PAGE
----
If the £2,000 is added back to adjust the profits by this amount, the resulting EBITDA figure, if used for valuing the business, will overstate its value.

For example, if you use the multiplier method to value the business, and let’s say the multiplier you have chosen for the business is let’s say 3-times adjusted profits, if EBITDA is used, the business will be over valued by £6,000 (I.e. 3 x £2,000).

Now, you might say, £6,000 isn’t much, but this was just an example. Where this becomes a big over-valuation problem is when you have a business which is heavily capitalised.

This happened to me when I was in the process of buying a business. One such business I came across was a transport business, which had expensive lorries on the balance sheet, and this same company had high amounts of depreciation on the lorries charged to the profit and loss.

I found this business through a business broker, who had valued the business using EBITDA, and they had added back depreciation in their valuation calculations.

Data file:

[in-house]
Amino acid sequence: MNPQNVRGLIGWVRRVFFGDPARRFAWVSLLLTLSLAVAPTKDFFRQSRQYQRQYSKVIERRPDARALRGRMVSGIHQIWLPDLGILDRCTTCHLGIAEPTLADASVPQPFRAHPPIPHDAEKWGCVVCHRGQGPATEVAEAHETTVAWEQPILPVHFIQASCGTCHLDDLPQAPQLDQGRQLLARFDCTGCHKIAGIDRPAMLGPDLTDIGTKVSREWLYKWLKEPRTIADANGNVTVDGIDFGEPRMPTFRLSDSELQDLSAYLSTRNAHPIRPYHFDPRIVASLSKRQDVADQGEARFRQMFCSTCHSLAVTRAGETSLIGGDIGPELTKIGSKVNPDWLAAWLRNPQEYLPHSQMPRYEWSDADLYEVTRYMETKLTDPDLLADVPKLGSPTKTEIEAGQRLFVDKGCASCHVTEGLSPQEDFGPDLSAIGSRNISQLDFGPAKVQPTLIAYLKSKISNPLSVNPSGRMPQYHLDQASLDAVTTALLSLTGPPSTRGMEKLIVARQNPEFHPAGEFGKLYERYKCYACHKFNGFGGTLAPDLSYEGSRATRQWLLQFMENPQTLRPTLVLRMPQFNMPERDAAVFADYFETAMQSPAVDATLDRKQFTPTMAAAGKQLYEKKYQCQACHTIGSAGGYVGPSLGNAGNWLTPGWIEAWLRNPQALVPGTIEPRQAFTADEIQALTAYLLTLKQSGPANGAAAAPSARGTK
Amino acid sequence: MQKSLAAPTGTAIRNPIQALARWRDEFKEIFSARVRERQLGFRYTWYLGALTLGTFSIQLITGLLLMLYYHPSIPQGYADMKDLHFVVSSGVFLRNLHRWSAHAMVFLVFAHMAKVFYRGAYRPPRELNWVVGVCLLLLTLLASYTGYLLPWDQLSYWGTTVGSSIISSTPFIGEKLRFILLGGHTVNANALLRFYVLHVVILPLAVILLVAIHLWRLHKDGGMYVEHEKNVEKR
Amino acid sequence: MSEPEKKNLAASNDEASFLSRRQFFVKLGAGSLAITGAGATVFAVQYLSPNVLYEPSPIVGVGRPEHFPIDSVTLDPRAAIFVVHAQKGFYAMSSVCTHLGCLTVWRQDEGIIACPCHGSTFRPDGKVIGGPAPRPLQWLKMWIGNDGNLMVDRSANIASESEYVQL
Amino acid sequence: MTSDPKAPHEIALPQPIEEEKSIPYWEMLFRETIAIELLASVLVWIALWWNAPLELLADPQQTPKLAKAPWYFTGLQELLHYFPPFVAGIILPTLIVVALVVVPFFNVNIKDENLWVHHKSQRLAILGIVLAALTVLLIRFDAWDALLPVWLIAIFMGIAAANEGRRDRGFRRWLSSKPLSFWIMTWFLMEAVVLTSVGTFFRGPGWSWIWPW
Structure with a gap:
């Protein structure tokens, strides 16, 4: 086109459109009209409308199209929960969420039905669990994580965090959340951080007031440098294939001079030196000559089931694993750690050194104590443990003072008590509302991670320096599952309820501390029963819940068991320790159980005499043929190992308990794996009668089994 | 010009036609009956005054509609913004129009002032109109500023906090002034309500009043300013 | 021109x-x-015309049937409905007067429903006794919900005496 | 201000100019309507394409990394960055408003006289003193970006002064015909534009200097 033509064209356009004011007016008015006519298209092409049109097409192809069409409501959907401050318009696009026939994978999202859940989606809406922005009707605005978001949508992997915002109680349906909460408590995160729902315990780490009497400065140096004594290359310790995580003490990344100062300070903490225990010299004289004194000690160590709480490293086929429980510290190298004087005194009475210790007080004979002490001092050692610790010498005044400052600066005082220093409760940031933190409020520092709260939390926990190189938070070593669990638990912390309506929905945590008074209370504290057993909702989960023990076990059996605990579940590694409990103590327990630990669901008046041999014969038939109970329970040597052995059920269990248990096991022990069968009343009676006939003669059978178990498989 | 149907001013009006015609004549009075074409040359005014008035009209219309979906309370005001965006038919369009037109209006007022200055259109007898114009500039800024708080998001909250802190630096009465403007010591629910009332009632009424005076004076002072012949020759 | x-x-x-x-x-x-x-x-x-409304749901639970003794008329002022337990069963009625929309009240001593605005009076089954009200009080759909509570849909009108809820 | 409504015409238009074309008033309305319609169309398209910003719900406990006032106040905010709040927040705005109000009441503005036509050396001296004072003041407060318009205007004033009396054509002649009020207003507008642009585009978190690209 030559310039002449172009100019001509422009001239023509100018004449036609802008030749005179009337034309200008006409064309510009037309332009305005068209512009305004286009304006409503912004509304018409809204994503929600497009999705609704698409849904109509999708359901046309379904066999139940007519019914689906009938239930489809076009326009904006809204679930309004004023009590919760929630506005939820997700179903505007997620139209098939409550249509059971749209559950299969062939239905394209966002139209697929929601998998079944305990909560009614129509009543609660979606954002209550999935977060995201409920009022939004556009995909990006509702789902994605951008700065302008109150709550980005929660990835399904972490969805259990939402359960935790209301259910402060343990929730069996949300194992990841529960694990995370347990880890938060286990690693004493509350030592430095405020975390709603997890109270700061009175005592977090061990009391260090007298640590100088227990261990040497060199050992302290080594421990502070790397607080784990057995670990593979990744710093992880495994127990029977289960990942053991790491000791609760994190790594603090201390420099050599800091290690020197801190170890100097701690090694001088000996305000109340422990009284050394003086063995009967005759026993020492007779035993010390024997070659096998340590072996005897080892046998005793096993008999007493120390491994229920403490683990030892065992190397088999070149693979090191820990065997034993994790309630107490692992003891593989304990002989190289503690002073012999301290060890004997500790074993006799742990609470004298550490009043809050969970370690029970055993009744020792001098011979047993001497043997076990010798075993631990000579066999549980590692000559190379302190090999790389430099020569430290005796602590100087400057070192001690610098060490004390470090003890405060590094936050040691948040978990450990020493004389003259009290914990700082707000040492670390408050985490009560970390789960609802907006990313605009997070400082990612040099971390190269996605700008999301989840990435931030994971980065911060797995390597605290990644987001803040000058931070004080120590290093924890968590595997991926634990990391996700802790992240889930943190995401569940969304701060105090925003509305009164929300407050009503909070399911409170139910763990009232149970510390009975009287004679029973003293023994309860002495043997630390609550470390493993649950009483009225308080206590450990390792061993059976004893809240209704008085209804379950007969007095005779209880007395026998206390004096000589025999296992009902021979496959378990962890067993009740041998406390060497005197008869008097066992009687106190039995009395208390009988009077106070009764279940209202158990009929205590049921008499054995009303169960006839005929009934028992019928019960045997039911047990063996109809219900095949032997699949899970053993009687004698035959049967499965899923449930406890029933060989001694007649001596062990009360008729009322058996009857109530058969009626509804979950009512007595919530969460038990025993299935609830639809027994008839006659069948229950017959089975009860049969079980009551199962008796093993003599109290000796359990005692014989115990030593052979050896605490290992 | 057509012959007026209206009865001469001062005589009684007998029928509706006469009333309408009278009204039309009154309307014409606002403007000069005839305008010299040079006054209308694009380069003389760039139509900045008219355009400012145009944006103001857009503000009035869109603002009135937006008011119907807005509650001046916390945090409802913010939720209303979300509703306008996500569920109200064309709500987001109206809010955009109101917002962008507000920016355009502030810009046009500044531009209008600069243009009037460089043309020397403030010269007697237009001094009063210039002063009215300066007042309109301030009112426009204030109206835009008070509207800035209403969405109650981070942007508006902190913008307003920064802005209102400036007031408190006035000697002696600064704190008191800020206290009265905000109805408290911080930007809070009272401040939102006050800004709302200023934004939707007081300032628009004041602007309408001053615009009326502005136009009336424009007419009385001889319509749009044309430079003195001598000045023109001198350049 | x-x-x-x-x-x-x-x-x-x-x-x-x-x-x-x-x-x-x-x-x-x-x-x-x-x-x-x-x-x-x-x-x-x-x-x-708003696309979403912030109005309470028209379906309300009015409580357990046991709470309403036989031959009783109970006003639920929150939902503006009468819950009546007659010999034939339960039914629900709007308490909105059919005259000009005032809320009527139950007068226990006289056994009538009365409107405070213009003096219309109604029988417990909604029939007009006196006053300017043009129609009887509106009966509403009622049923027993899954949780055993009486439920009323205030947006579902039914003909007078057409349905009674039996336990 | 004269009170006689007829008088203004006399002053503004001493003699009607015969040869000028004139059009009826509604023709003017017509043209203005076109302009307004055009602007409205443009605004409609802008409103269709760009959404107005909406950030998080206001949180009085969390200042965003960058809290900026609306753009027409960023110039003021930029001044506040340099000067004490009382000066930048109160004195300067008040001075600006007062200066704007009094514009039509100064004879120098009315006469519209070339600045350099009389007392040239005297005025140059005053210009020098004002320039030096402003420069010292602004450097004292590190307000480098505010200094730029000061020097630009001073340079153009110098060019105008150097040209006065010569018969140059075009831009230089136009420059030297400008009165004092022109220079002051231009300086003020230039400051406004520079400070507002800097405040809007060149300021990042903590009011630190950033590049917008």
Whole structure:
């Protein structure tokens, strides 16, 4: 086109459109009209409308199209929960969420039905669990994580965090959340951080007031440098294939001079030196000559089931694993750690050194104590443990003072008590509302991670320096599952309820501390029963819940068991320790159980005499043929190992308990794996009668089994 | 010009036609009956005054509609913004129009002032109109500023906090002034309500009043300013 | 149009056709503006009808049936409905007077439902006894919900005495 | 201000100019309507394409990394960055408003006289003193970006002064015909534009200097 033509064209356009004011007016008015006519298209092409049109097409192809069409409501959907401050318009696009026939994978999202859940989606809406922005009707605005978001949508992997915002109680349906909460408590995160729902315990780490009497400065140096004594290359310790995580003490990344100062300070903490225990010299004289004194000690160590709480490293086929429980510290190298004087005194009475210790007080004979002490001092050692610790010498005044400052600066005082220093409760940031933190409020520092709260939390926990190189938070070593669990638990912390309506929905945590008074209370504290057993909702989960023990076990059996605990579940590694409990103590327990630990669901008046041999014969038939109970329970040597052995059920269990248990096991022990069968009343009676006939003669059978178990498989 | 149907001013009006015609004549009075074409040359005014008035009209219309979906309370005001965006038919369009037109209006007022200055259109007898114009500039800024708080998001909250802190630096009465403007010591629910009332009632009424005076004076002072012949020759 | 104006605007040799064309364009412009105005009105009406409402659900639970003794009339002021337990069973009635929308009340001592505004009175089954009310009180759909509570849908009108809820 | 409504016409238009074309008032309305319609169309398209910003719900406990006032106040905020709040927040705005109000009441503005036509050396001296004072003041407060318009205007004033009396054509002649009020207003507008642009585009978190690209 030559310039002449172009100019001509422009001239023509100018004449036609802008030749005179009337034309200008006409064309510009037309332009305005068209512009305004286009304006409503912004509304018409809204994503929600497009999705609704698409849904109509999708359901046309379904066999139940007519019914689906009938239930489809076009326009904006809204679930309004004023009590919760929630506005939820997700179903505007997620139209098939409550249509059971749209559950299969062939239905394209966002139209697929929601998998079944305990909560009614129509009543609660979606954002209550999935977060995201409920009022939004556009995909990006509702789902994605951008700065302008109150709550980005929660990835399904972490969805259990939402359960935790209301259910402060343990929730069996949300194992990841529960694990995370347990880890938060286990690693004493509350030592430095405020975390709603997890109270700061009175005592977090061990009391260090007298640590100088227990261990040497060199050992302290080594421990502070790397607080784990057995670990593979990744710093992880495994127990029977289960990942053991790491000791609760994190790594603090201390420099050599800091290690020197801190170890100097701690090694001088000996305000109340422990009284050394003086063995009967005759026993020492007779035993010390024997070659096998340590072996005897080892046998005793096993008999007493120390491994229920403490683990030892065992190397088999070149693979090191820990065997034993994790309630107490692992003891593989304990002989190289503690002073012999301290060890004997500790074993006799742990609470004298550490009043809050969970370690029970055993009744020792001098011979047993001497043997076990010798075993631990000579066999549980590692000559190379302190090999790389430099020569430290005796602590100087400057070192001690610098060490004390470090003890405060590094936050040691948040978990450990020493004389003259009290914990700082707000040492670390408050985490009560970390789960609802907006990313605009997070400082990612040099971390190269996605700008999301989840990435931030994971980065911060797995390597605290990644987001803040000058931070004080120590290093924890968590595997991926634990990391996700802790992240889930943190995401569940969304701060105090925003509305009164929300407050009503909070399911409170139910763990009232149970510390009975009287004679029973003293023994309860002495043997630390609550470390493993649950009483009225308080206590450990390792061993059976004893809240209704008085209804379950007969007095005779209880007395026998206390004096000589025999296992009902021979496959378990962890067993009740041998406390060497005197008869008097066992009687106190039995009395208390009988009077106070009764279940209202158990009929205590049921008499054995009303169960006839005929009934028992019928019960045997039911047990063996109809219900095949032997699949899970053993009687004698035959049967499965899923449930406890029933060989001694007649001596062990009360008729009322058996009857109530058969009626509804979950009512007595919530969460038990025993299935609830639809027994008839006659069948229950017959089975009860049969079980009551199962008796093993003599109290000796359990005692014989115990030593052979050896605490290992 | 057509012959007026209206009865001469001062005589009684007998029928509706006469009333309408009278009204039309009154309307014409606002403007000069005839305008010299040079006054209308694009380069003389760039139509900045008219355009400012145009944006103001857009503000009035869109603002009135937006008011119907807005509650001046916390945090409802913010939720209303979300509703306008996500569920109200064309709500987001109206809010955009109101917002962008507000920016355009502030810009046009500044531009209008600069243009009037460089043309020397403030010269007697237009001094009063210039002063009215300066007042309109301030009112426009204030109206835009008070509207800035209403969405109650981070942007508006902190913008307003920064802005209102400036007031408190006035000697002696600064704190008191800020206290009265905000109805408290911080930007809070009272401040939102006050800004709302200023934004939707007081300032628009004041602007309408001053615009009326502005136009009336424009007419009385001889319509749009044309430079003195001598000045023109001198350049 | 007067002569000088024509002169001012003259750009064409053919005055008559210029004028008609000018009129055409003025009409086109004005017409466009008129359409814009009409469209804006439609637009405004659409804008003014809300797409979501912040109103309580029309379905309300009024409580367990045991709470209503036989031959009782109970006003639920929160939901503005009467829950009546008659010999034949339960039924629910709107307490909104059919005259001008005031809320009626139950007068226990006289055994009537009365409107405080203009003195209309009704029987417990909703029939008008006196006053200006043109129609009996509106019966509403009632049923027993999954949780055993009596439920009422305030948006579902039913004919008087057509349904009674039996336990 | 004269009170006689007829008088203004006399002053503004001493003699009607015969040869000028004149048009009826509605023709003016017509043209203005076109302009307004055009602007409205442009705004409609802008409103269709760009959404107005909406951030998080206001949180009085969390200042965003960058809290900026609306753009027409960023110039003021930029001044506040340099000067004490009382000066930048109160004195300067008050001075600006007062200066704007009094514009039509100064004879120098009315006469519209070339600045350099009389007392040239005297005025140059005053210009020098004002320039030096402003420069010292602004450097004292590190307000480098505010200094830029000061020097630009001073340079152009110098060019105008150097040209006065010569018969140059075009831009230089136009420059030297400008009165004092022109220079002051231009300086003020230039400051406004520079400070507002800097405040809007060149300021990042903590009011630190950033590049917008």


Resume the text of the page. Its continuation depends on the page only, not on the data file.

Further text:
This meant that the business was hugely overpriced, but unfortunately the broker didn’t agree, and more importantly, neither did the owner agree. Needless to say, I walked away from the deal and I didn’t buy this business.

So, coming back to the question of this video, which is; Why use EBITDA instead of profit, I can’t see a good reason for using it.

EBITDA is used to compare similar businesses

Some say it’s a good method to compare one similar business to the next, but even this doesn’t really make sense to me either.

Depreciation calculations are governed by accounting rules, which means that most businesses will use similar rates for similar assets. If an asset has a useful life of X years for one business, in theory it has the same useful life in another.

I understand the other add backs of EBITDA, which are interest and tax, because every business will finance the business in different ways.